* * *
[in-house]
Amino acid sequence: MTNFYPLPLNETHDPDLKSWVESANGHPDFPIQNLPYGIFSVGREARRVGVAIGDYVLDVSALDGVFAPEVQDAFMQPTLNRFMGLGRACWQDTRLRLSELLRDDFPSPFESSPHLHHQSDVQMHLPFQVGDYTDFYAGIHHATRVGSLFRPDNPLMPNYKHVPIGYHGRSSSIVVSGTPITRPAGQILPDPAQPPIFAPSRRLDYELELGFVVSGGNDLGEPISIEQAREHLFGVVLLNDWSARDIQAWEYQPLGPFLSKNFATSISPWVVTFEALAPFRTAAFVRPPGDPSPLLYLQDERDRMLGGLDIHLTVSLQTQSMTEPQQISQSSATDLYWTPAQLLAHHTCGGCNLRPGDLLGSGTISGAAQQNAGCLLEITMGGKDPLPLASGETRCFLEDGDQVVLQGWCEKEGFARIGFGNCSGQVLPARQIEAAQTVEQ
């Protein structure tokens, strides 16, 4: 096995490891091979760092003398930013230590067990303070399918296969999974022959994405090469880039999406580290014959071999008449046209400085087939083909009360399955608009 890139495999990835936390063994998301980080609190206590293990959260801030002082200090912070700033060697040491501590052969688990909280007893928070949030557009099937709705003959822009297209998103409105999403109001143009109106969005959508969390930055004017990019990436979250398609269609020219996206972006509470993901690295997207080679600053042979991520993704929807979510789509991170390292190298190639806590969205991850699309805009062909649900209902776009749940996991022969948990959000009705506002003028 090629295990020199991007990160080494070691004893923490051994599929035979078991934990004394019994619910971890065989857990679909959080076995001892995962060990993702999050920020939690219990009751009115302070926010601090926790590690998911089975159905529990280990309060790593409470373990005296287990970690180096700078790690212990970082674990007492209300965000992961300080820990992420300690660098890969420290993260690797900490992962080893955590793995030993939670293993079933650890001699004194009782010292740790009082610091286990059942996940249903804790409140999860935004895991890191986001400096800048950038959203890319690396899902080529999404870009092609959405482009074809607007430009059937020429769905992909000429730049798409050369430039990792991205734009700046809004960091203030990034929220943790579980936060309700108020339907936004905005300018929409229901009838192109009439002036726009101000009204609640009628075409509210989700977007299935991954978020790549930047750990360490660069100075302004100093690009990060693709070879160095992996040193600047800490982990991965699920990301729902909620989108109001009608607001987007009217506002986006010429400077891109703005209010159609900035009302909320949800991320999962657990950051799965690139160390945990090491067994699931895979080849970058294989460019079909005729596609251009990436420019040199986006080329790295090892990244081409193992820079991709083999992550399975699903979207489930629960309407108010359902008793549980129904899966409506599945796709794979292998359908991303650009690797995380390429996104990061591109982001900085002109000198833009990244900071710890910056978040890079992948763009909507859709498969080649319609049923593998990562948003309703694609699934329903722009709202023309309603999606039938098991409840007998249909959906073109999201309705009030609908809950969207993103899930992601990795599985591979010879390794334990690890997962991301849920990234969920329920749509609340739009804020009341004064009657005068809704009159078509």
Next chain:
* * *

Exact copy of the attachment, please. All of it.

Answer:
[in-house]
Amino acid sequence: MTNFYPLPLNETHDPDLKSWVESANGHPDFPIQNLPYGIFSVGREARRVGVAIGDYVLDVSALDGVFAPEVQDAFMQPTLNRFMGLGRACWQDTRLRLSELLRDDFPSPFESSPHLHHQSDVQMHLPFQVGDYTDFYAGIHHATRVGSLFRPDNPLMPNYKHVPIGYHGRSSSIVVSGTPITRPAGQILPDPAQPPIFAPSRRLDYELELGFVVSGGNDLGEPISIEQAREHLFGVVLLNDWSARDIQAWEYQPLGPFLSKNFATSISPWVVTFEALAPFRTAAFVRPPGDPSPLLYLQDERDRMLGGLDIHLTVSLQTQSMTEPQQISQSSATDLYWTPAQLLAHHTCGGCNLRPGDLLGSGTISGAAQQNAGCLLEITMGGKDPLPLASGETRCFLEDGDQVVLQGWCEKEGFARIGFGNCSGQVLPARQIEAAQTVEQ
């Protein structure tokens, strides 16, 4: 096995490891091979760092003398930013230590067990303070399918296969999974022959994405090469880039999406580290014959071999008449046209400085087939083909009360399955608009 890139495999990835936390063994998301980080609190206590293990959260801030002082200090912070700033060697040491501590052969688990909280007893928070949030557009099937709705003959822009297209998103409105999403109001143009109106969005959508969390930055004017990019990436979250398609269609020219996206972006509470993901690295997207080679600053042979991520993704929807979510789509991170390292190298190639806590969205991850699309805009062909649900209902776009749940996991022969948990959000009705506002003028 090629295990020199991007990160080494070691004893923490051994599929035979078991934990004394019994619910971890065989857990679909959080076995001892995962060990993702999050920020939690219990009751009115302070926010601090926790590690998911089975159905529990280990309060790593409470373990005296287990970690180096700078790690212990970082674990007492209300965000992961300080820990992420300690660098890969420290993260690797900490992962080893955590793995030993939670293993079933650890001699004194009782010292740790009082610091286990059942996940249903804790409140999860935004895991890191986001400096800048950038959203890319690396899902080529999404870009092609959405482009074809607007430009059937020429769905992909000429730049798409050369430039990792991205734009700046809004960091203030990034929220943790579980936060309700108020339907936004905005300018929409229901009838192109009439002036726009101000009204609640009628075409509210989700977007299935991954978020790549930047750990360490660069100075302004100093690009990060693709070879160095992996040193600047800490982990991965699920990301729902909620989108109001009608607001987007009217506002986006010429400077891109703005209010159609900035009302909320949800991320999962657990950051799965690139160390945990090491067994699931895979080849970058294989460019079909005729596609251009990436420019040199986006080329790295090892990244081409193992820079991709083999992550399975699903979207489930629960309407108010359902008793549980129904899966409506599945796709794979292998359908991303650009690797995380390429996104990061591109982001900085002109000198833009990244900071710890910056978040890079992948763009909507859709498969080649319609049923593998990562948003309703694609699934329903722009709202023309309603999606039938098991409840007998249909959906073109999201309705009030609908809950969207993103899930992601990795599985591979010879390794334990690890997962991301849920990234969920329920749509609340739009804020009341004064009657005068809704009159078509």
Next chain: